The Irish version of Goodwill consists of
St Vincent de Paul
Though Oxfam have fallen a little out of favour since they began chaining their coats and jackets
Nothing shows the difference in Irish society like this, we used to be the ones queuing…..sorry, standing in line………..for hand’s out….and now we are the donators
To the extent that they leave the bags at your door, save you all the fuss and like, bother of having to actually deliver the stuff yer own self
Cos, we’re busy, watching Desperate Housewives and O.C. and Hell, we cant miss American Idol
Lately though, the bags we left outside the door, have been disappearing and the charity bins, distributed in all parts of the city have been robbed
Eastern European gangs have been nabbing the goods, re-selling them in other countries
I had this scenario in my series a few years back and my editor wouldn’t buy it, same deal as when I had the swans attacked.
2 cops from Chicago came to visit me last week, they’d read the Galway books, met me at Love Is Murder and came over. To their horror, alI I’d written was even more true than they’d imagined and they said
“Goddamn tourist board must hate you”
I didn’t even have to point out the signs warning…………DON’T DRINK THE WATER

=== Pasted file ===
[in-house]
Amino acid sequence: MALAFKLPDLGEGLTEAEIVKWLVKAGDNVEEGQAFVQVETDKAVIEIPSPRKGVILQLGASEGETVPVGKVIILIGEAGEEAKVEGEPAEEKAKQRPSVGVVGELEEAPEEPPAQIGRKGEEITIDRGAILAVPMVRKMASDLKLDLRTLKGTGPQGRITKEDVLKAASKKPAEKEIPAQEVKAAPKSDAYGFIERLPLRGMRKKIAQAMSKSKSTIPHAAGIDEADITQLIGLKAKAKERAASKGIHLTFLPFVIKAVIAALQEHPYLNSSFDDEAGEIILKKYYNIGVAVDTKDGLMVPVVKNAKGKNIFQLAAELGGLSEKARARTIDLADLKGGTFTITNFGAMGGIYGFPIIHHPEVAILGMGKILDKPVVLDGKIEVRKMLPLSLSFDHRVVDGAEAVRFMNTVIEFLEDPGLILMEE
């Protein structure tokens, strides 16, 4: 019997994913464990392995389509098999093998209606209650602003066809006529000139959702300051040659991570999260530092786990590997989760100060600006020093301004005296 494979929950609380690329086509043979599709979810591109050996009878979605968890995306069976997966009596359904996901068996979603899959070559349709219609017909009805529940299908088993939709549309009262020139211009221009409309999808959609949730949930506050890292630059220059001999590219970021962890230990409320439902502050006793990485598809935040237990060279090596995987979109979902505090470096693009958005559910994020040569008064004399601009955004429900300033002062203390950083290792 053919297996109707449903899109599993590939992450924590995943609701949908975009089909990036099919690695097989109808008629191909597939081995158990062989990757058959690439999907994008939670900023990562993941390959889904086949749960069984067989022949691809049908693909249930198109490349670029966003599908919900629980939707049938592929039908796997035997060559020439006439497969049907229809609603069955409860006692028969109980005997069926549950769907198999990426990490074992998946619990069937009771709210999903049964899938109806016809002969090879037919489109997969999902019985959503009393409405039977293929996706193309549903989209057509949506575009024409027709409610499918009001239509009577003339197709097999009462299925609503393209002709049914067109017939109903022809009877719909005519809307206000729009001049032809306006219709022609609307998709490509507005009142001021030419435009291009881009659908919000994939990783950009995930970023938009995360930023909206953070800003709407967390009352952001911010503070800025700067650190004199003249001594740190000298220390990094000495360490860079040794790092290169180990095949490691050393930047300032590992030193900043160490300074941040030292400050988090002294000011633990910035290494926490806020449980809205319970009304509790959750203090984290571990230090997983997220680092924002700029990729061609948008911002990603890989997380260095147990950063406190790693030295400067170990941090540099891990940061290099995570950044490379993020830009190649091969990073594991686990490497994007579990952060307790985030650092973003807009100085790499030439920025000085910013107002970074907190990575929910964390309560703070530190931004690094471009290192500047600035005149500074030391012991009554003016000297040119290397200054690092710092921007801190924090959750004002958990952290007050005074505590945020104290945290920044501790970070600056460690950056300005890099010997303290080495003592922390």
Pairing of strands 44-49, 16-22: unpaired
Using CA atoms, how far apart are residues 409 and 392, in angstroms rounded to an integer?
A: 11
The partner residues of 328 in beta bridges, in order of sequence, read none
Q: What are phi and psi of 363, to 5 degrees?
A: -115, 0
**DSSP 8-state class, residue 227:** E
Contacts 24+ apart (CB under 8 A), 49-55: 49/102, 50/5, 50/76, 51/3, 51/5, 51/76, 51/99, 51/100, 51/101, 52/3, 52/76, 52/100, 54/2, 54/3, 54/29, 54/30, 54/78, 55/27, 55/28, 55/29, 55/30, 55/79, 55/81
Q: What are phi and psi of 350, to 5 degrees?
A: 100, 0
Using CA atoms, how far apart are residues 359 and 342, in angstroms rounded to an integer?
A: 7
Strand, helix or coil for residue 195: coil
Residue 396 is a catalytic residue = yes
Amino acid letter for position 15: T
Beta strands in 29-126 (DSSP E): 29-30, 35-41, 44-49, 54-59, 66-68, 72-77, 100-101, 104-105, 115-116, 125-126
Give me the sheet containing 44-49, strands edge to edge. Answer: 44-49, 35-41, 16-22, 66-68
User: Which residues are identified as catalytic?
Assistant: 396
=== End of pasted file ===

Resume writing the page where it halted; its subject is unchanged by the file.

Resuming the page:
I brought them to a traditional Irish music pub and we left after five songs by
Justin Timberlake……..currently on sell out tour here
And the final straw……………Madonna
One of the cops going………..I thought she’d become a Brit
Why we love her
We finally found an old pub, with no bouncers on the door but the signs for Coors light dampened their spirits and I assured them, hang on, the barman, was actually Irish, a true rarity nowadays and I had a word with him and not only did he take five minutes to draw their pints but when they got to the bottom of the glass, their names were spelled out in cream at the bottom
On a totally different note, let me say……….congratulations to Naomi, winning the Edgar is truly the biz, I’m delighted for her
Here is a sneaky thing I do, seeing as I’m outlining Galway life in all its goodwill, I go into the bookshops and presto, I see Robert Gregory’s book on the crime shelf, I move it to No 2 on the bestseller list…………….does that matter…………you betcha, five minutes later, it was sold
Tis sad tis true, people buy from the bestseller list and hey, you know, they got a hell of a book into the bargain
When the booksellers at the end of the day check their shelves and see Sandra Ruttan, Jason Starr, Dave Zeltserman, Cornelia Read, Megan Abbott lining the top ten, breathing down the rich necks of the Kellerman’s etc, they sigh. Go
“Bruen was in.”
It’s a small gesture and in terms of global sales, will it matter one wail of the banshee, probably not but for one glorious moment, I see these people be where they should be
And before you get upset, Duane, Al, Charlie, Donna, You were the top ten last week, time passes and I’m a team of one
David Corbett and Laura Lippman fought it out for No 1 for 2 Galway weeks
Is this morally right
Hello, I care?
I do care about friends and writers………
And Chicago cops
Last night, I put out my bag for charity and stuck in some of me favourite writers and yup, the bag was gone in jig time this morning so if you suddenly find you are big in Eastern Europe, I’m not looking for charity or thanks, put it down to